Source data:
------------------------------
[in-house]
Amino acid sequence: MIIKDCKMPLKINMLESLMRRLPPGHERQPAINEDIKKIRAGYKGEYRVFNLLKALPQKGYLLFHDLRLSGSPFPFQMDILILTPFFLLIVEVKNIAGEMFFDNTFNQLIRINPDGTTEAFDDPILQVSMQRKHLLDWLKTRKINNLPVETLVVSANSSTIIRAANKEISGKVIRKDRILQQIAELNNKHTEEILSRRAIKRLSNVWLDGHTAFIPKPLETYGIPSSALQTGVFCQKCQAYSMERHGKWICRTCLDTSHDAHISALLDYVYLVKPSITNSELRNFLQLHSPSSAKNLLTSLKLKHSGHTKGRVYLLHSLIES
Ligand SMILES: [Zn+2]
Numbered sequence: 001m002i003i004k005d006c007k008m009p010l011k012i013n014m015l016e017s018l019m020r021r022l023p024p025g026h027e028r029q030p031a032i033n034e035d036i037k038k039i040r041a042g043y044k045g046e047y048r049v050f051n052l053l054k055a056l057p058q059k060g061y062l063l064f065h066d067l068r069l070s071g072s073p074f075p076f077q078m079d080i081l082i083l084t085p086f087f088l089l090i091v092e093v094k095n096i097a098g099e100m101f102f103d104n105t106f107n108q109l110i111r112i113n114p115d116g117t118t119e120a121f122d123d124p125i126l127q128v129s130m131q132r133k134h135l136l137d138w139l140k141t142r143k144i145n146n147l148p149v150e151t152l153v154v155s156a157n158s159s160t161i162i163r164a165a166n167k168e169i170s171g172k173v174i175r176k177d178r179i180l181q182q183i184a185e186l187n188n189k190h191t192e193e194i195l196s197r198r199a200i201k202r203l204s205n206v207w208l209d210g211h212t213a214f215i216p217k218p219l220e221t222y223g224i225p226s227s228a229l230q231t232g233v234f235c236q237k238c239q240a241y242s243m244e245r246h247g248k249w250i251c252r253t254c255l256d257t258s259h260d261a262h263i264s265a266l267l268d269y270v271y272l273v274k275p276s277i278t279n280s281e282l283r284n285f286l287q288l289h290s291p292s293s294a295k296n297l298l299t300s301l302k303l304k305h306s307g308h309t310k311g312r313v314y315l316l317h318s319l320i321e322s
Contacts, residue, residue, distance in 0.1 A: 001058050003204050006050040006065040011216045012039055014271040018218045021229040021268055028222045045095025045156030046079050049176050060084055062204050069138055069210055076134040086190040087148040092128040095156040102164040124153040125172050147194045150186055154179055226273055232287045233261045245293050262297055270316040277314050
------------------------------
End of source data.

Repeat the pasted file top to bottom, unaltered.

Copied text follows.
[in-house]
Amino acid sequence: MIIKDCKMPLKINMLESLMRRLPPGHERQPAINEDIKKIRAGYKGEYRVFNLLKALPQKGYLLFHDLRLSGSPFPFQMDILILTPFFLLIVEVKNIAGEMFFDNTFNQLIRINPDGTTEAFDDPILQVSMQRKHLLDWLKTRKINNLPVETLVVSANSSTIIRAANKEISGKVIRKDRILQQIAELNNKHTEEILSRRAIKRLSNVWLDGHTAFIPKPLETYGIPSSALQTGVFCQKCQAYSMERHGKWICRTCLDTSHDAHISALLDYVYLVKPSITNSELRNFLQLHSPSSAKNLLTSLKLKHSGHTKGRVYLLHSLIES
Ligand SMILES: [Zn+2]
Numbered sequence: 001m002i003i004k005d006c007k008m009p010l011k012i013n014m015l016e017s018l019m020r021r022l023p024p025g026h027e028r029q030p031a032i033n034e035d036i037k038k039i040r041a042g043y044k045g046e047y048r049v050f051n052l053l054k055a056l057p058q059k060g061y062l063l064f065h066d067l068r069l070s071g072s073p074f075p076f077q078m079d080i081l082i083l084t085p086f087f088l089l090i091v092e093v094k095n096i097a098g099e100m101f102f103d104n105t106f107n108q109l110i111r112i113n114p115d116g117t118t119e120a121f122d123d124p125i126l127q128v129s130m131q132r133k134h135l136l137d138w139l140k141t142r143k144i145n146n147l148p149v150e151t152l153v154v155s156a157n158s159s160t161i162i163r164a165a166n167k168e169i170s171g172k173v174i175r176k177d178r179i180l181q182q183i184a185e186l187n188n189k190h191t192e193e194i195l196s197r198r199a200i201k202r203l204s205n206v207w208l209d210g211h212t213a214f215i216p217k218p219l220e221t222y223g224i225p226s227s228a229l230q231t232g233v234f235c236q237k238c239q240a241y242s243m244e245r246h247g248k249w250i251c252r253t254c255l256d257t258s259h260d261a262h263i264s265a266l267l268d269y270v271y272l273v274k275p276s277i278t279n280s281e282l283r284n285f286l287q288l289h290s291p292s293s294a295k296n297l298l299t300s301l302k303l304k305h306s307g308h309t310k311g312r313v314y315l316l317h318s319l320i321e322s
Contacts, residue, residue, distance in 0.1 A: 001058050003204050006050040006065040011216045012039055014271040018218045021229040021268055028222045045095025045156030046079050049176050060084055062204050069138055069210055076134040086190040087148040092128040095156040102164040124153040125172050147194045150186055154179055226273055232287045233261045245293050262297055270316040277314050